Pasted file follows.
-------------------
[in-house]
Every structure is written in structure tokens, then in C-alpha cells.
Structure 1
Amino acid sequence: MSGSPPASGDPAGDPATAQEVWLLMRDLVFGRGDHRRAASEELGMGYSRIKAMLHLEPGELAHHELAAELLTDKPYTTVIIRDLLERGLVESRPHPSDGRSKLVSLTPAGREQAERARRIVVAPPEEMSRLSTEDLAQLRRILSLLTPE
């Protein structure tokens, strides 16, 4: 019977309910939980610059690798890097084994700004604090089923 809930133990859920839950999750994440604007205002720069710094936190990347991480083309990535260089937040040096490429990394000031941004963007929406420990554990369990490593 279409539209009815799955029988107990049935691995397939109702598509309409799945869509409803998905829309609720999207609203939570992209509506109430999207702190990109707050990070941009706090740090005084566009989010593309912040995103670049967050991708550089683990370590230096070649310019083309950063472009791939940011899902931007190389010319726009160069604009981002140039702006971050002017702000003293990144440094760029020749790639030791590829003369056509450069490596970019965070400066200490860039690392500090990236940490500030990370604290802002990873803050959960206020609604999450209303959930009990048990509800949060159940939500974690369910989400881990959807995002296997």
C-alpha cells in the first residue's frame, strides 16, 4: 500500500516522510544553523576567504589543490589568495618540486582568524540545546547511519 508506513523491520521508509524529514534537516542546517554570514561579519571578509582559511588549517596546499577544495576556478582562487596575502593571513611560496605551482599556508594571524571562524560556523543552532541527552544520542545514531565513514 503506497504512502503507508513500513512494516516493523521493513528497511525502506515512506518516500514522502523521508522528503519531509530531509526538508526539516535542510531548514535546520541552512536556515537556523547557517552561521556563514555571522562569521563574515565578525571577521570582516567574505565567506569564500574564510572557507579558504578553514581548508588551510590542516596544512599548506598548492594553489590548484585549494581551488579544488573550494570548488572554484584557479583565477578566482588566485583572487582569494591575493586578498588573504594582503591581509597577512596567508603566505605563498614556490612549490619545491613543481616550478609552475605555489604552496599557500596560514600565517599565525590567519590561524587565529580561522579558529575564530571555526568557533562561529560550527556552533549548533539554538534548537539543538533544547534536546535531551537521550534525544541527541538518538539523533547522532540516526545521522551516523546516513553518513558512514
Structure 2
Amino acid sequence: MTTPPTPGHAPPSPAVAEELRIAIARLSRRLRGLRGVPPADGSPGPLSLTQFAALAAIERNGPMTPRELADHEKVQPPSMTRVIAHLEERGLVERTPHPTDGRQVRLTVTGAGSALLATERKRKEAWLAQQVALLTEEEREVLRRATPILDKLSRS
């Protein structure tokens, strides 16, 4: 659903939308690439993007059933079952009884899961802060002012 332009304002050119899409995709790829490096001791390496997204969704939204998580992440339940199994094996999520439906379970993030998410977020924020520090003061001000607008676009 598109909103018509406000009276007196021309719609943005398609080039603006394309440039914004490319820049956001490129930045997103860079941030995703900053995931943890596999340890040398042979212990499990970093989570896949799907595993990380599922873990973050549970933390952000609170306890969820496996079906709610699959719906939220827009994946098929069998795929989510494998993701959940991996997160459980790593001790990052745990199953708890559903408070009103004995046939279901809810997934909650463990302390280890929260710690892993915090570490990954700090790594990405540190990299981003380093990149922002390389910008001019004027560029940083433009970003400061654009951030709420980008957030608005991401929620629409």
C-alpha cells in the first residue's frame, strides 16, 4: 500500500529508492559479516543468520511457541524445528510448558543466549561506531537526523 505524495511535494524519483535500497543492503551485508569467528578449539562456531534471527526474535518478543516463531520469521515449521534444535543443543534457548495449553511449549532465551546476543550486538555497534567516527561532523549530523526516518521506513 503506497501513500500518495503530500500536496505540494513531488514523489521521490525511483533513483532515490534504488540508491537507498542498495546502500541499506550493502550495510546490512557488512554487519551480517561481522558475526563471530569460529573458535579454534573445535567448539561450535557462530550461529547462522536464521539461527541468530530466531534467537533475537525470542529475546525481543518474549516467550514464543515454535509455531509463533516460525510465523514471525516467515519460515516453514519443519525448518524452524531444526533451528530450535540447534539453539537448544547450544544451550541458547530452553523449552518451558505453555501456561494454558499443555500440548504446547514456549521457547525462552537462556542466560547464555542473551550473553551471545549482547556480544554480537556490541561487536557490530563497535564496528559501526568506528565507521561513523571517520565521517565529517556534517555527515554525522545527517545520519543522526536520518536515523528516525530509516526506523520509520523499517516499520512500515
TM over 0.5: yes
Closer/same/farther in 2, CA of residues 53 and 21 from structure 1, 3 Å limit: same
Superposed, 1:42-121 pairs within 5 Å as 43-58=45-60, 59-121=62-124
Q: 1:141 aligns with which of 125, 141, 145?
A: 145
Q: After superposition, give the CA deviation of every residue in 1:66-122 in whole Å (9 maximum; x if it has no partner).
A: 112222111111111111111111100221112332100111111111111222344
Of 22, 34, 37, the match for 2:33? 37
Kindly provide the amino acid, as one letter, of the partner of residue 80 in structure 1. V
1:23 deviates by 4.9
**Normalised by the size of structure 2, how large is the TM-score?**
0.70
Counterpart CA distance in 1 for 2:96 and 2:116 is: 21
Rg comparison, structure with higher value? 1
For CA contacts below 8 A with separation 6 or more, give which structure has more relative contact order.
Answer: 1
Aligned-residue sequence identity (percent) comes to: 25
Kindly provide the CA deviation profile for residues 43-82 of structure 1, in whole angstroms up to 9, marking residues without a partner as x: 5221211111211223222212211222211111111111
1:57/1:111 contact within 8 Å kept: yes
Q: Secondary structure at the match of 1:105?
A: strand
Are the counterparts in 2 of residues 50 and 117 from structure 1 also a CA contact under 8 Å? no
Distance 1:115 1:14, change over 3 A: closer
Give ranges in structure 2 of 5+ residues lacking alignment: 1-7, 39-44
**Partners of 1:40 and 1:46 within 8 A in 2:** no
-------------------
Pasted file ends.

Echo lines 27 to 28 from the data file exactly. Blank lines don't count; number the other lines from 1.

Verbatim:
Aligned-residue sequence identity (percent) comes to: 25
Kindly provide the CA deviation profile for residues 43-82 of structure 1, in whole angstroms up to 9, marking residues without a partner as x: 5221211111211223222212211222211111111111